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Articles in regional publications that pertain to a wide range of North Carolina-related topics.

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34 results for "QUEEN ANNE'S REVENGE (Ship)"
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Record #:
41173
Author(s):
Abstract:
Among the Queen Anne’s Revenge retrievable items was a page’s fragments. Examination concluded the page fragments came from Edward Cooke’s A Voyage to the South Sea. As for why it was in a cannon on Blackbeard’s flagship, the author speculates the crew was making cannon wadding or a statement about Captain Woodes Rogers, a well-known pirate hunter.
Record #:
41171
Author(s):
Abstract:
The detail of cannons focused on in this article was markings, which revealed information such as their size, weight, ownership, and origin. The importance of cannons can also be inferred by the estimated number of this weapon on board the Queen Anne’s Revenge, between 3-40.
Source:
Record #:
37306
Author(s):
Abstract:
The Historic Bath Foundation opened an exhibit hall in a renovated section of the town’s old high school building. Bringing history to life were exhibits such as Blackbeard, featuring an historic interpreter for the pirate who had a house in Bath. Putting history on display were artifacts, such as Theodore DeBry illustrations from 1590; historic maps; and antique firearms. Preserving history was extended to maintaining much of the original architectural structure of the 1920s building while adding a library, gallery, gift shop, and town offices.
Record #:
38119
Author(s):
Abstract:
From the mystique built up around Blackbeard the past three centuries, the scant details that can be defined as truth have been coated with generous layers of fiction. Defining his life and death as more a series of questions than statements are speculations such as the location of his treasure and real name. Counted as closer to the truth by historical interpreters and members of the North Carolina Historical Society are Blackbeard’s ties with Bath and Colonial administrative officials. Contributing also to truth’s pursuit are the Blackbeard Jamboree. This festival includes activities such as seafaring and tavern songs and camps that reflect 17th and 18th-century maritime lifeways.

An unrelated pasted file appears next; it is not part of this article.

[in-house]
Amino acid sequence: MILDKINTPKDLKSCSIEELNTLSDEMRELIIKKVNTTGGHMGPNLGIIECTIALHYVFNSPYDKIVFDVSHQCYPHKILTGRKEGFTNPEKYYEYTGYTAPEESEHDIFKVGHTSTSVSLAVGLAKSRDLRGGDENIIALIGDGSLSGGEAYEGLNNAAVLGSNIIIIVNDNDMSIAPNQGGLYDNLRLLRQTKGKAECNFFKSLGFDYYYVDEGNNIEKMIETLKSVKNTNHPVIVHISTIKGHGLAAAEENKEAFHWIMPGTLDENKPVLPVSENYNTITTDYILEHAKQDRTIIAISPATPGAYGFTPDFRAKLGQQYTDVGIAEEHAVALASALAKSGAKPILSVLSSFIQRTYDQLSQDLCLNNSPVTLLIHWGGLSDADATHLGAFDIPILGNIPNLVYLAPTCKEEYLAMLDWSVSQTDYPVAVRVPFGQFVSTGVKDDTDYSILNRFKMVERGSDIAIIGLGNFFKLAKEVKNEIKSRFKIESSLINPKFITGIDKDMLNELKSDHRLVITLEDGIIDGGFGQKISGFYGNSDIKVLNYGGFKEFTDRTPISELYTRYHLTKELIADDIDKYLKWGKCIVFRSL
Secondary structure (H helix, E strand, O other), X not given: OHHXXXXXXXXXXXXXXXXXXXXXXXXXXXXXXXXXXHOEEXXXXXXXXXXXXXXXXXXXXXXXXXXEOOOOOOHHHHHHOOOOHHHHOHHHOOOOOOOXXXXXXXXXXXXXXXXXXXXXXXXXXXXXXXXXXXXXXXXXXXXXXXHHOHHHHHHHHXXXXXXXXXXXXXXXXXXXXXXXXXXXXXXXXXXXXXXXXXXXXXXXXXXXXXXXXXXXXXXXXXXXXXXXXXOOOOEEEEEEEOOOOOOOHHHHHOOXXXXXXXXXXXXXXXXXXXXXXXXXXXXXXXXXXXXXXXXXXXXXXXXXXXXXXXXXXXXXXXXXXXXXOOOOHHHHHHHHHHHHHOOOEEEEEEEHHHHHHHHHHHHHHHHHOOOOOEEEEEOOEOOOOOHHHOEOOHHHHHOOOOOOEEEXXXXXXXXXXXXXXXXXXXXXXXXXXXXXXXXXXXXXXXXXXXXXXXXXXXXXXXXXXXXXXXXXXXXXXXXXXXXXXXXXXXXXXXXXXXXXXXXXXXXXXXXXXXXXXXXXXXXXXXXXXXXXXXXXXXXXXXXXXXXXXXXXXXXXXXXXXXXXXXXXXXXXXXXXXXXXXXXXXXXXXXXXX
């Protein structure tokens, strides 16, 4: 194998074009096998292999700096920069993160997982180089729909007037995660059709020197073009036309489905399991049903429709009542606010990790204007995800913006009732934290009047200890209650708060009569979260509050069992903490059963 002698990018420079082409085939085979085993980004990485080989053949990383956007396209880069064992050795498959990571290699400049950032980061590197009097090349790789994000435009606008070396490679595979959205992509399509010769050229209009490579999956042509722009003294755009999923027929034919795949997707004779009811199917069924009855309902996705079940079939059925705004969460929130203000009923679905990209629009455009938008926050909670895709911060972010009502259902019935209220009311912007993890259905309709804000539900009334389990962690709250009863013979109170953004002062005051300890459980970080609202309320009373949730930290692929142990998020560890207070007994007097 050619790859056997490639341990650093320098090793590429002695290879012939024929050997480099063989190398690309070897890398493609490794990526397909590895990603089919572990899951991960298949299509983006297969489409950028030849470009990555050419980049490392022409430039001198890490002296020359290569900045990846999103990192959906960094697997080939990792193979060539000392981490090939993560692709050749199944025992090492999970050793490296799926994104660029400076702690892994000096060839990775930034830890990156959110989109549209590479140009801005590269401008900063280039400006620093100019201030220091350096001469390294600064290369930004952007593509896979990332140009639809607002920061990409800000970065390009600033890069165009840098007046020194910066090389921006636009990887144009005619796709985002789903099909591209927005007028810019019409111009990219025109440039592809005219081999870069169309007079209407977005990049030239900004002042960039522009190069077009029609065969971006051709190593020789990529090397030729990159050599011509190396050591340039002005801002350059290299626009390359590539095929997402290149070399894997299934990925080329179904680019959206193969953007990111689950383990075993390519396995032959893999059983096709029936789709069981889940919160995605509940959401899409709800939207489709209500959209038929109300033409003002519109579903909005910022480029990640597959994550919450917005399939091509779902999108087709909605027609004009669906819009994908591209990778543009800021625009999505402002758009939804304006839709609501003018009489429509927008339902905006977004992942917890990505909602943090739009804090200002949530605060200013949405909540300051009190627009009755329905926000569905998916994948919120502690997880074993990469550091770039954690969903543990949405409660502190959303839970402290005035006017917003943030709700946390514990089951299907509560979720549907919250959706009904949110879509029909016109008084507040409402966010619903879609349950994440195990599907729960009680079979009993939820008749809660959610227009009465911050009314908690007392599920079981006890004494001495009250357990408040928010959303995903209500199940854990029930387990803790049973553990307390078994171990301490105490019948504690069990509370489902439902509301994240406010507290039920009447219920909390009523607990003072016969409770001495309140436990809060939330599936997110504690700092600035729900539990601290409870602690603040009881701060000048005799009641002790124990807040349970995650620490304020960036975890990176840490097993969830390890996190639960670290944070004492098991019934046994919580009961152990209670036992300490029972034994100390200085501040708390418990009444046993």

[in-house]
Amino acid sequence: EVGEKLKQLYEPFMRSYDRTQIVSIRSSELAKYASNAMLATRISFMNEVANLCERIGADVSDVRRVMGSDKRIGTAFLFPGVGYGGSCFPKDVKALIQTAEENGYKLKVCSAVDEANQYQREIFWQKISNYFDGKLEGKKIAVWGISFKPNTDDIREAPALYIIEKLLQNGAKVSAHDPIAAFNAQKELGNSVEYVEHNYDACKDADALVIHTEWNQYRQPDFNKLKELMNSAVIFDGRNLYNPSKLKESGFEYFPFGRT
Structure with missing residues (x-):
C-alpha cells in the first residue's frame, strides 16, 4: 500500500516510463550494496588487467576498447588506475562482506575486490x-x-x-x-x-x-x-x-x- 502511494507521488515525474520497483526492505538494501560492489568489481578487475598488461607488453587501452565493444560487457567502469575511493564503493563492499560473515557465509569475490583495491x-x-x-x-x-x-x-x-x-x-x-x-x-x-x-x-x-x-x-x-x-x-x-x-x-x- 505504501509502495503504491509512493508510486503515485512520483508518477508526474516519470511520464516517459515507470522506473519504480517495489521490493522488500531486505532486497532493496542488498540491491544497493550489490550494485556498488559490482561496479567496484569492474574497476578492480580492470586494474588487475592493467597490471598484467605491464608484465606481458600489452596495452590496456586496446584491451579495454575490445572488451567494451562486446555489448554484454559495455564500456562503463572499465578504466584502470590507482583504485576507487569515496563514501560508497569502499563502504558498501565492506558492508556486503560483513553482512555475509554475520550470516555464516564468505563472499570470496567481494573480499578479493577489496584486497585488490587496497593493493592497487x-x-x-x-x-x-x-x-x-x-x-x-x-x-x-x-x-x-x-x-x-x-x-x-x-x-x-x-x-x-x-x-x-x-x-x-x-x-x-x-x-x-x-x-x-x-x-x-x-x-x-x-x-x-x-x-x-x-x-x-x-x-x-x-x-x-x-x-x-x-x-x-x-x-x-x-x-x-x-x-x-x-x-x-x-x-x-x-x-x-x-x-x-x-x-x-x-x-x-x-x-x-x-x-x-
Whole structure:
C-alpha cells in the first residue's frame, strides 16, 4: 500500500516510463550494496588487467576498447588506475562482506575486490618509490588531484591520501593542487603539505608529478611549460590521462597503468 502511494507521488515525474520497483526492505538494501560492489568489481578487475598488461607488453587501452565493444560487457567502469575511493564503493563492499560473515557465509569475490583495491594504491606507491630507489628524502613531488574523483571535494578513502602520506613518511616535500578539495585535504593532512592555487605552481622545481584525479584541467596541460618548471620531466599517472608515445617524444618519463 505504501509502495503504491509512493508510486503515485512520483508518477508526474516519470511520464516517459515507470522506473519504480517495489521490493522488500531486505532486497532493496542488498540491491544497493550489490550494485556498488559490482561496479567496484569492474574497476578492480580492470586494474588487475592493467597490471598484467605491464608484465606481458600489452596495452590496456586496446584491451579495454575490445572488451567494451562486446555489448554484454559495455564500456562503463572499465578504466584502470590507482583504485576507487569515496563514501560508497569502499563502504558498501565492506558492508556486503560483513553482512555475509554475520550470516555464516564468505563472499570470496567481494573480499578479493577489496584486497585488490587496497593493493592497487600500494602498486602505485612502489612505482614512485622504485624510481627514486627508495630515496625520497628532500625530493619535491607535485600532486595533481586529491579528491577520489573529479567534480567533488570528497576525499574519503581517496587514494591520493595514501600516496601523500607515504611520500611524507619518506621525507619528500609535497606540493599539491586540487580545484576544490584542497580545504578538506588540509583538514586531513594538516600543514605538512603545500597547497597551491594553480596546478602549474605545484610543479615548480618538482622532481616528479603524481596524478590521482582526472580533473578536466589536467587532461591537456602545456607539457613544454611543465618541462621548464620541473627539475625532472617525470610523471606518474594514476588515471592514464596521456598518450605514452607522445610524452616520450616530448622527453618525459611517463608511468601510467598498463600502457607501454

Record #:
22635
Author(s):
Abstract:
The flagship of the pirate Blackbeard, Queen Anne's Revenge, was sunk near Beaufort Inlet in 1718. At the old Voice of America site northwest of Greenville the state operates a conservation lab that is currently preserving artifacts found at the wreck of the famous ship.
Source:
Record #:
36218
Author(s):
Abstract:
In 2011, Blackbeard’s flagship had artifacts such as a three footed cauldron put on display at the NC Maritime Museum in Beaufort. Understanding the true measure of the treasure, though, entailed viewing how such items, sunk in the briny deep for nearly three centuries, were conserved by the QAR Conservation Lab.
Source:
Greenville Times (NoCar Oversize F264 G72 G77), Vol. Issue , April/May 2015, p18-28